Starring: Cillian Murphy, Sharlto Copley, Michael Smiley, Armie Hammer, Brie Larson, Sam Riley, Noah Taylor, Babou Ceesay, Enzo Cilenti, Jack Reynor
Directed by: Ben Wheatley
It's the '70s. We know this because everyone has a horrible moustache. Some men from Northern Ireland (IRA, obvs, though it's never made explicit) have come to Boston to buy some guns from a huge consortium fronted by a mouthy, sartorially slick South African (Sharlto Copley – who else?). It all goes horribly wrong.
This is really all you need to know about this ultra-violent, uncomfortably enjoyable 90 minute gun fight. If your favourite bit of Tarantino's films is the bit at the end when everybody shoots everybody else, this is the film for you. (Although for me the fact that one of the terrorists is played by Cillian Murphy, still drop dead gorgeous despite a ginger porn star 'tache, is another enticement...)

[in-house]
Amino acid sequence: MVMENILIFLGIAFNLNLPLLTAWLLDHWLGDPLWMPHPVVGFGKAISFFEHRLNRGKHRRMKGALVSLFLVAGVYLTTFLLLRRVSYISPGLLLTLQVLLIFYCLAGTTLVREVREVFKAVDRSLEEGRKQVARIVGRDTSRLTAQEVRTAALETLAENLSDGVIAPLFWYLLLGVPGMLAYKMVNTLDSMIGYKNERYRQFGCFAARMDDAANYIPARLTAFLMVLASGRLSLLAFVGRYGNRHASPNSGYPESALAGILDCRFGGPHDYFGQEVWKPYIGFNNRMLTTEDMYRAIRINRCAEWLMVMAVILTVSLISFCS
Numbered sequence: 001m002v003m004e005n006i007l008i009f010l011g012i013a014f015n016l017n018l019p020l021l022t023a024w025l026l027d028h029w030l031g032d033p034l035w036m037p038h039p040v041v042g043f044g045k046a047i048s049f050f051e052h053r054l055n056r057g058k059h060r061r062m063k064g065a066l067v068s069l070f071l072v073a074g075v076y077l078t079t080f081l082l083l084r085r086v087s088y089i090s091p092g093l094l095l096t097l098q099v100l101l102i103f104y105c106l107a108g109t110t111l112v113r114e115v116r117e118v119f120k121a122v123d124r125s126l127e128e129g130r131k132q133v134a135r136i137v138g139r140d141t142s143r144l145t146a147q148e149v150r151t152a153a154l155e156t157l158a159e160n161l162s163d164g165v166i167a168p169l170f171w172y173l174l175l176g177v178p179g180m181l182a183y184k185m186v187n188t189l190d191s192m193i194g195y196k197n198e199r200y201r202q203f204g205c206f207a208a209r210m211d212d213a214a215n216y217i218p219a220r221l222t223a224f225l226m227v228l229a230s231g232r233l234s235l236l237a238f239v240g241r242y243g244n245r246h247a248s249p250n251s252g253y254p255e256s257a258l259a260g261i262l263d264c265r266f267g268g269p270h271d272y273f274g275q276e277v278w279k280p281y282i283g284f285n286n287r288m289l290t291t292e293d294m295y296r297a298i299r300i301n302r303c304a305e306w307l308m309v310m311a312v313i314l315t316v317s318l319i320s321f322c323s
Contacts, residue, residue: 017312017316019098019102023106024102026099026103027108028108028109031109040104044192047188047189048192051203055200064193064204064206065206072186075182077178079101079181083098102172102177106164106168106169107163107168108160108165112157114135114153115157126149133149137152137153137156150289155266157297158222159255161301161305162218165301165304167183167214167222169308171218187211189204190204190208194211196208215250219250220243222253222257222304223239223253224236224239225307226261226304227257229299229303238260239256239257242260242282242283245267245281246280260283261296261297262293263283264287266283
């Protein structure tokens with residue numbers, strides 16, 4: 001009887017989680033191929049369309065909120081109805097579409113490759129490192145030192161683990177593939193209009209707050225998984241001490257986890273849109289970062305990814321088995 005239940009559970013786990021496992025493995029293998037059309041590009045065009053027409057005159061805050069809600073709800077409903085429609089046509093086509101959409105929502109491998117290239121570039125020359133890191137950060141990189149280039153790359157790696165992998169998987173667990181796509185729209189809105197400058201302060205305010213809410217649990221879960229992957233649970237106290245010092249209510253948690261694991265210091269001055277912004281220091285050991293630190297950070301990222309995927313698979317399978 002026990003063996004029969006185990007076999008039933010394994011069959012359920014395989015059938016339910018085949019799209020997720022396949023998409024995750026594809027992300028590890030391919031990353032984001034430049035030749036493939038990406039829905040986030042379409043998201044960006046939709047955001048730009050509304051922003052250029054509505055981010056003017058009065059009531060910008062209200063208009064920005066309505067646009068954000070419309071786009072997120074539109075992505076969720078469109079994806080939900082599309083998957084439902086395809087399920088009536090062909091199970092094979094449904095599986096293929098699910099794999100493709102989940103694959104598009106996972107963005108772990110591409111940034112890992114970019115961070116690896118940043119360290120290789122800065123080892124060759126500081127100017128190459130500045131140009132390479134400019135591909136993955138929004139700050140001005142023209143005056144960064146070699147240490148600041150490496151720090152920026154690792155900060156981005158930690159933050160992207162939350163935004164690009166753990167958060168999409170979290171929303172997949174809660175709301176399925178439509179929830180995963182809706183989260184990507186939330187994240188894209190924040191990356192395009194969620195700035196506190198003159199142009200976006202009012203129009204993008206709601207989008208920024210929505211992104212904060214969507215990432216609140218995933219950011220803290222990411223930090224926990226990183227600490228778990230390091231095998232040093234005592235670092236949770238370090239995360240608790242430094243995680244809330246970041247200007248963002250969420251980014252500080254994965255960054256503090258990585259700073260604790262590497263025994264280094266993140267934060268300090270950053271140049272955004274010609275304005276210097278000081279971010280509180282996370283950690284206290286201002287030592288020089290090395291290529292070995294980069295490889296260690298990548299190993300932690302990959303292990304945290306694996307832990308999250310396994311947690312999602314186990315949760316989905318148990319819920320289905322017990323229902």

That's not to say there isn't some great characterisation, from Sam Riley's slapdash junkie henchman to Michael Smiley's grim, businesslike Ulster gangster, but mostly this is a film about shooting people.
Or is it? Is it not perhaps about the baffling contradictory dichotomy of human nature? How we waste our lives on drink and drugs and cigarettes and violence, yet all the time cling to existence with a stubborn tenacity that's as admirable as it's bullheaded. In Free Fire, characters are shot, shot and shot again; beaten, cut and set on fire and yet THEY STILL DON'T DIE! They struggle on, crawling on their bellies through dust and dirt and detritus (this film must have been hellish to make) and if that ain't a dark mirror reflection of the human condition, I don't know what is.
So bravo (again) Ben Wheatley, surely one of the most audacious and exciting directors currently working (especially since Nicolas Winding Refn has gone wrong) who, in making a film that's basically a bunch of gangsters in a deserted factory shooting at each other, has nailed the human spirit. And made the most exhilarating gun fire film since The Quick and the Dead. Kudos.